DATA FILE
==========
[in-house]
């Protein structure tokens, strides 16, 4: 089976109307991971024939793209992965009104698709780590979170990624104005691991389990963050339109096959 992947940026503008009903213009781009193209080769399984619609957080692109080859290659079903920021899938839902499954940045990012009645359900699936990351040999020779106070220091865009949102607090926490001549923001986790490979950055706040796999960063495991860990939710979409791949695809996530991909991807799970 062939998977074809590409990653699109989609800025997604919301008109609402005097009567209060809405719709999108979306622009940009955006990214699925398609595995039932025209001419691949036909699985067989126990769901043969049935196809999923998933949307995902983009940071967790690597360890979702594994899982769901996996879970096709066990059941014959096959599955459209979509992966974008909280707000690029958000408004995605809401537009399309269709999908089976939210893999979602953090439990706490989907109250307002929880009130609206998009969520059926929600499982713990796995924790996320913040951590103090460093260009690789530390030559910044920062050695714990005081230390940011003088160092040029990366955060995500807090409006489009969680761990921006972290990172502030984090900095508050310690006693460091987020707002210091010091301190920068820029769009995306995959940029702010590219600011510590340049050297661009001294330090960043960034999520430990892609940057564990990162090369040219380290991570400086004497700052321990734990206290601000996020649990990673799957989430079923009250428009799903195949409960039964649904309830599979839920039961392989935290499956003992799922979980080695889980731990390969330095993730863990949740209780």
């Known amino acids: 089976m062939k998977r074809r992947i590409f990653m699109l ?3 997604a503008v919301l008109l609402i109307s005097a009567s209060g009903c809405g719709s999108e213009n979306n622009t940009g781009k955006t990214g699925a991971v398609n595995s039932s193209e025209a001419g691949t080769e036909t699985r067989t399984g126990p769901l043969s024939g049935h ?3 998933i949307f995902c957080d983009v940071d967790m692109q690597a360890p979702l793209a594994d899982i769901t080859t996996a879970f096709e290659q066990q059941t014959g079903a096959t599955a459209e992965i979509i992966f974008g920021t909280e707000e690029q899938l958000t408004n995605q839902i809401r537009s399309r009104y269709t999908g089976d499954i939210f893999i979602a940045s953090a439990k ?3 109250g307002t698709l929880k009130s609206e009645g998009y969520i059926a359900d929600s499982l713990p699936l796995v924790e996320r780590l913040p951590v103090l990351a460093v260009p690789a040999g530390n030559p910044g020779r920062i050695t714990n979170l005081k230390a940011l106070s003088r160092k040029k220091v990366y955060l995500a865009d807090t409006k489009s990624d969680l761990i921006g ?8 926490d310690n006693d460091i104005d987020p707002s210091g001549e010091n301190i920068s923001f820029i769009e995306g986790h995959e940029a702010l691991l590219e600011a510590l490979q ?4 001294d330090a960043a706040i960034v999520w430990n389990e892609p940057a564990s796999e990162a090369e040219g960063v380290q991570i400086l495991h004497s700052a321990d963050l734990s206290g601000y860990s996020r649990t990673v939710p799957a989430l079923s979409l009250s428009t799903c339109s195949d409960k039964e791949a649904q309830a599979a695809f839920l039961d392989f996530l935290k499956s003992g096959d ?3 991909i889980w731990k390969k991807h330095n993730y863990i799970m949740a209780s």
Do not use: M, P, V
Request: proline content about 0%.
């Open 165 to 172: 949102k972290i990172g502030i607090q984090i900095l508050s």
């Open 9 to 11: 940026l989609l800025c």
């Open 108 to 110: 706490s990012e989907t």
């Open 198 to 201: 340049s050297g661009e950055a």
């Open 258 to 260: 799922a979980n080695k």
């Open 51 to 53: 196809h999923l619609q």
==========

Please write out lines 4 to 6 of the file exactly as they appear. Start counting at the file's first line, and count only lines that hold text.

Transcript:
Do not use: M, P, V
Request: proline content about 0%.
């Open 165 to 172: 949102k972290i990172g502030i607090q984090i900095l508050s």